Top Tips to Ease Transition into Life with Diabetes

A Healthier You

Top Tips to Ease Transition into Life with Diabetes

Written by Papatya Tankut

It's not easy for anyone to hear they have been diagnosed with diabetes. But for many Americans, learning about diabetes is the first step toward feeling better and living a longer, healthier life. There are a number of steps that can be taken to help manage treatment while keeping healthy and enhancing quality of life. 

CVS pharmacists are available every day to work with patients to help improve their overall health by helping them understand specific steps that can be taken to make living with diabetes easier. Here are my best tips for those who are newly diagnosed to get started on a path to better health.

Tip #1: Dedicate time to exercise. Exercising is an important part of any diabetes management plan. Exercising regularly not only uses sugar (glucose) for energy, but also can improve your body’s response to insulin and together, these factors can lower blood sugar levels. Health care professionals, such as doctors or pharmacists, can help patients and their caregivers identify a healthy plan for incorporating exercising into a daily routine. Don’t be afraid to reach out and get started on an exercise plan today.

Tip #2: Stay informed about dietary needs. Making conscious nutritional choices is something to consider when newly diagnosed with diabetes. Eating a healthy, well-balanced diet, monitoring carbohydrate intake and adding exercise to daily routines can help with diabetes treatment and improve overall health. There are a number of resources available to help guide nutritional habits, including, which offers a variety of recipe ideas that are not only healthy, but the whole family will enjoy.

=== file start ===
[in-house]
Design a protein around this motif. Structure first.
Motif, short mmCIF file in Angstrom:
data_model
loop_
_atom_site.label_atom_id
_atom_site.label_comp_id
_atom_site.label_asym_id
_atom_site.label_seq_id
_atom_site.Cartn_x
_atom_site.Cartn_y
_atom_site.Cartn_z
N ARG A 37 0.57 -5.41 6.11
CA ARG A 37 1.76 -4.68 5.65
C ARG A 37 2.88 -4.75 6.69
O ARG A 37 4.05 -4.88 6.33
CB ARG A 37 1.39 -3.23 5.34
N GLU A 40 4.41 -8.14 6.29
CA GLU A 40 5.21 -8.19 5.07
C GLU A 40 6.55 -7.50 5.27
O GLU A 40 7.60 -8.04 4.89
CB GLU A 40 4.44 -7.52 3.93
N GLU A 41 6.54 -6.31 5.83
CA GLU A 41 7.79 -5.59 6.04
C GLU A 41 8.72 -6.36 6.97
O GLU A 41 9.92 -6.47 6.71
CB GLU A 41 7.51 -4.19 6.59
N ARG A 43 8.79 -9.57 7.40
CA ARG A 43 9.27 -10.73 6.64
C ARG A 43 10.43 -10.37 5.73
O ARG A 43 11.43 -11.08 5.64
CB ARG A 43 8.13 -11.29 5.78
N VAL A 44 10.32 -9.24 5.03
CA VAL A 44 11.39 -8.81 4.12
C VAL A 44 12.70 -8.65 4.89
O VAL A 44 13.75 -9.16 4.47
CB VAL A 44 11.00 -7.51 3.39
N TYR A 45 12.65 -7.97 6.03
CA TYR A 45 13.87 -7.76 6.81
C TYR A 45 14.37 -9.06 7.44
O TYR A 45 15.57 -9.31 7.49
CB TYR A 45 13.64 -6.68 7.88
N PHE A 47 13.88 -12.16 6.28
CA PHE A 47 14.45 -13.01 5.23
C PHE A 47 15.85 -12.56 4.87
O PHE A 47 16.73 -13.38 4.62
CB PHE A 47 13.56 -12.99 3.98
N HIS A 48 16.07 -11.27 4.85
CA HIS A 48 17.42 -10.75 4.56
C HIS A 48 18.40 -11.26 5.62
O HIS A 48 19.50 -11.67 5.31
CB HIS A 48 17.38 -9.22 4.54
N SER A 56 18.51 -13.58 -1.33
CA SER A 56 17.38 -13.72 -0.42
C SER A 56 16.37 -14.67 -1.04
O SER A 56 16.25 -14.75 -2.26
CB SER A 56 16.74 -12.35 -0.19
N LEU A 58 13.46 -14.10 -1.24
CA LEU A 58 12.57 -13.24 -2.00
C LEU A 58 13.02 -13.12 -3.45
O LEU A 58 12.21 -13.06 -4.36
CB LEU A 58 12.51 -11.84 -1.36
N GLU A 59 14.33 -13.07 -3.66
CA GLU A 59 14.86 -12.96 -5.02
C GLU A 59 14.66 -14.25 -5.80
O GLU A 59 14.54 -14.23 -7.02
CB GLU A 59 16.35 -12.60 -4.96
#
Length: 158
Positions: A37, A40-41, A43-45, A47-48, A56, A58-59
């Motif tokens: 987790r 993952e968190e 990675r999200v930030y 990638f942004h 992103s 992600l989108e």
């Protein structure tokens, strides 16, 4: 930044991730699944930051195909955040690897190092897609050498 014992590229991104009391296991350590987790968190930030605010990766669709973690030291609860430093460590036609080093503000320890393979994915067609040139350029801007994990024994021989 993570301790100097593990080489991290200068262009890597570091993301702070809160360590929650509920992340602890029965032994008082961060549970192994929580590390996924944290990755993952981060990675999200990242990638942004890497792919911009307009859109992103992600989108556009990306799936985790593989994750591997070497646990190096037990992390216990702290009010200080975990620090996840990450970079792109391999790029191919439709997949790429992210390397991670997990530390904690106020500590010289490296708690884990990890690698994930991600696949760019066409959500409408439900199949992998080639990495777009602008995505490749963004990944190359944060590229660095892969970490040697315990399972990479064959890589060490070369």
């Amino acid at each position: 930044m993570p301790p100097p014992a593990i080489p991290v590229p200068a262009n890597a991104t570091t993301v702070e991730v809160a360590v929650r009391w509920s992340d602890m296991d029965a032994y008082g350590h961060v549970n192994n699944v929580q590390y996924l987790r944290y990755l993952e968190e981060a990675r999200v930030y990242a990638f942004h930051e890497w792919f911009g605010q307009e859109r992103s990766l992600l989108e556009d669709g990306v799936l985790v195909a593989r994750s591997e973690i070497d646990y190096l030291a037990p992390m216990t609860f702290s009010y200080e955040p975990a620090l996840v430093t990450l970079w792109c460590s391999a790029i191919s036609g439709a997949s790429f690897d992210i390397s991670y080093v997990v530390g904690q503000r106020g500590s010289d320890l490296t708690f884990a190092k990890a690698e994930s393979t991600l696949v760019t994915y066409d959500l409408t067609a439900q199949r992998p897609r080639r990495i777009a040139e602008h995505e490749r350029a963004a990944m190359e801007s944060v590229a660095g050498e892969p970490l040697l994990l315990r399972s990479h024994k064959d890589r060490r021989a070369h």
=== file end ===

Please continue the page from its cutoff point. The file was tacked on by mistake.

Tip #3: Understand medications and adherence. Many treatment methods incorporate a regimen of pills or insulin, so understanding your medication and adherence needs is essential. Whether uncertain about a specific medication, experiencing a side effect, or have questions about specific diabetic needs, it’s important to voice these concerns to a pharmacist. Each person has a different lifestyle, and may react differently to new medications or lifestyle changes, so it’s essential to have conversations with a medication expert.

Tip #4: Know when and how often to test blood sugar levels. When it comes to diabetes care, blood sugar monitoring is essential for keeping this chronic condition under control and preventing long-term complications. Blood sugar monitoring tests can be performed with a meter that measures sugar levels from a small drop of blood and can provide helpful insight into diabetes management and treatment. Each person has specific monitoring needs, so it’s important to consult a health care professional on when and how often to check blood sugar levels to ensure efficient treatments are in place.

In addition to regularly checking blood glucose levels, A1C (or average blood glucose over a three month period) is another important test that is generally administered anywhere from two to four times a year. To get the most out of monitoring, know when to test and how to act on the results. Consult a health care professional for help with individualized testing tips, best practices and deciphering what results mean.

Tip #5: Understand new health care costs. From new prescriptions to doctor’s visits to new diabetic supplies, people living with diabetes will experience an increase in health care costs, which are two to three times more than those without the chronic condition. Whether using private insurance, Medicaid or Medicare coverage, there are ways to reduce out-of-pocket costs. The CVS/pharmacy ExtraCare Advantage for Diabetes® program offers savings on more than 100 products used to manage diabetes, including testing supplies, glucose test strips and glucose meters. The program also has health and lifestyle tips, and is a fantastic resource for people living with diabetes and their caregivers. 

Papatya Tankut is vice president of pharmacy affairs at CVS/pharmacy.